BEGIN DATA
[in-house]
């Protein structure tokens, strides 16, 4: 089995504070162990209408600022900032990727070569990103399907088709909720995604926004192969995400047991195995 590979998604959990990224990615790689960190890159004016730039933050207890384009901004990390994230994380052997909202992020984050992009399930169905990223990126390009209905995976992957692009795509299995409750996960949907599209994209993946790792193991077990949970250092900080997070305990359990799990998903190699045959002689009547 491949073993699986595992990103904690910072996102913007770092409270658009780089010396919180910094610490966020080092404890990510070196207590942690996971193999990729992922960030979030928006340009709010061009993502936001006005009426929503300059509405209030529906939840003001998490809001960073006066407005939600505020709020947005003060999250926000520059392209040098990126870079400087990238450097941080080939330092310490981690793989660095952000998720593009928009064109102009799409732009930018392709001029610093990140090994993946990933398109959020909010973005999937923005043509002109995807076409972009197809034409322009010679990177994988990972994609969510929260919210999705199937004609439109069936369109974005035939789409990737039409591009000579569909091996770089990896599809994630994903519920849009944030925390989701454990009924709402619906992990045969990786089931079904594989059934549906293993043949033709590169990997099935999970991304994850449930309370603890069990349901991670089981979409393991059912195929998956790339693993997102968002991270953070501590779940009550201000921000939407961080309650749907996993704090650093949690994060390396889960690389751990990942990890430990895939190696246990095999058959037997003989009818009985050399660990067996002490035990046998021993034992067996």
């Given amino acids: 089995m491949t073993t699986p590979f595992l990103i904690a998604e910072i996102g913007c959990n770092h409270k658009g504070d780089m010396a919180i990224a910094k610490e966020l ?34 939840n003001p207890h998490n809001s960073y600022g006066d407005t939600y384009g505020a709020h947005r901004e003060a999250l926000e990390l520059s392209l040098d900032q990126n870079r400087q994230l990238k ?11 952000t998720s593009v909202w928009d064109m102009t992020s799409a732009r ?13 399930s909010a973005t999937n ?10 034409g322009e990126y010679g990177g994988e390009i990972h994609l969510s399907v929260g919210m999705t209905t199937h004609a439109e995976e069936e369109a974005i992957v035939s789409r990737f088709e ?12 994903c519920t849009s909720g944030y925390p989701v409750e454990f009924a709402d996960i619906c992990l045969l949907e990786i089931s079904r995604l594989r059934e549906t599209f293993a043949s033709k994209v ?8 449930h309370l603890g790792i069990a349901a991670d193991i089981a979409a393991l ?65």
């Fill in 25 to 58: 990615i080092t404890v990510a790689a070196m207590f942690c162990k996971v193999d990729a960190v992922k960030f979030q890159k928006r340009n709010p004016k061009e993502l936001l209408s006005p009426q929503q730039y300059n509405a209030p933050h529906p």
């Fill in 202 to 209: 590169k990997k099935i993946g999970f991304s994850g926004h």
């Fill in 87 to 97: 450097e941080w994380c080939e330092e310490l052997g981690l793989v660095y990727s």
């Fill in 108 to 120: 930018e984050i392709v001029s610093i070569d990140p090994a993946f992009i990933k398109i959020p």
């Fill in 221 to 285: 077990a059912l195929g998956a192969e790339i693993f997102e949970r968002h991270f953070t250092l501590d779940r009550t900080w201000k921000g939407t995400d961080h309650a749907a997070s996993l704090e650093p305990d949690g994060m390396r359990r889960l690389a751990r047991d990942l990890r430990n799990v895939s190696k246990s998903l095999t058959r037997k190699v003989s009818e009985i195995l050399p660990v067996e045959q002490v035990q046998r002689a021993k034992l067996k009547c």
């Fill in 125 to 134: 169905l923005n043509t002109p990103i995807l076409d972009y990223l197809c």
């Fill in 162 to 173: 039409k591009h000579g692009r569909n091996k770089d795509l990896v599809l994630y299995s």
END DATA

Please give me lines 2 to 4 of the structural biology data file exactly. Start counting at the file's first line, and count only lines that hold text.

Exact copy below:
């Protein structure tokens, strides 16, 4: 089995504070162990209408600022900032990727070569990103399907088709909720995604926004192969995400047991195995 590979998604959990990224990615790689960190890159004016730039933050207890384009901004990390994230994380052997909202992020984050992009399930169905990223990126390009209905995976992957692009795509299995409750996960949907599209994209993946790792193991077990949970250092900080997070305990359990799990998903190699045959002689009547 491949073993699986595992990103904690910072996102913007770092409270658009780089010396919180910094610490966020080092404890990510070196207590942690996971193999990729992922960030979030928006340009709010061009993502936001006005009426929503300059509405209030529906939840003001998490809001960073006066407005939600505020709020947005003060999250926000520059392209040098990126870079400087990238450097941080080939330092310490981690793989660095952000998720593009928009064109102009799409732009930018392709001029610093990140090994993946990933398109959020909010973005999937923005043509002109995807076409972009197809034409322009010679990177994988990972994609969510929260919210999705199937004609439109069936369109974005035939789409990737039409591009000579569909091996770089990896599809994630994903519920849009944030925390989701454990009924709402619906992990045969990786089931079904594989059934549906293993043949033709590169990997099935999970991304994850449930309370603890069990349901991670089981979409393991059912195929998956790339693993997102968002991270953070501590779940009550201000921000939407961080309650749907996993704090650093949690994060390396889960690389751990990942990890430990895939190696246990095999058959037997003989009818009985050399660990067996002490035990046998021993034992067996």
């Given amino acids: 089995m491949t073993t699986p590979f595992l990103i904690a998604e910072i996102g913007c959990n770092h409270k658009g504070d780089m010396a919180i990224a910094k610490e966020l ?34 939840n003001p207890h998490n809001s960073y600022g006066d407005t939600y384009g505020a709020h947005r901004e003060a999250l926000e990390l520059s392209l040098d900032q990126n870079r400087q994230l990238k ?11 952000t998720s593009v909202w928009d064109m102009t992020s799409a732009r ?13 399930s909010a973005t999937n ?10 034409g322009e990126y010679g990177g994988e390009i990972h994609l969510s399907v929260g919210m999705t209905t199937h004609a439109e995976e069936e369109a974005i992957v035939s789409r990737f088709e ?12 994903c519920t849009s909720g944030y925390p989701v409750e454990f009924a709402d996960i619906c992990l045969l949907e990786i089931s079904r995604l594989r059934e549906t599209f293993a043949s033709k994209v ?8 449930h309370l603890g790792i069990a349901a991670d193991i089981a979409a393991l ?65």
């Fill in 25 to 58: 990615i080092t404890v990510a790689a070196m207590f942690c162990k996971v193999d990729a960190v992922k960030f979030q890159k928006r340009n709010p004016k061009e993502l936001l209408s006005p009426q929503q730039y300059n509405a209030p933050h529906p």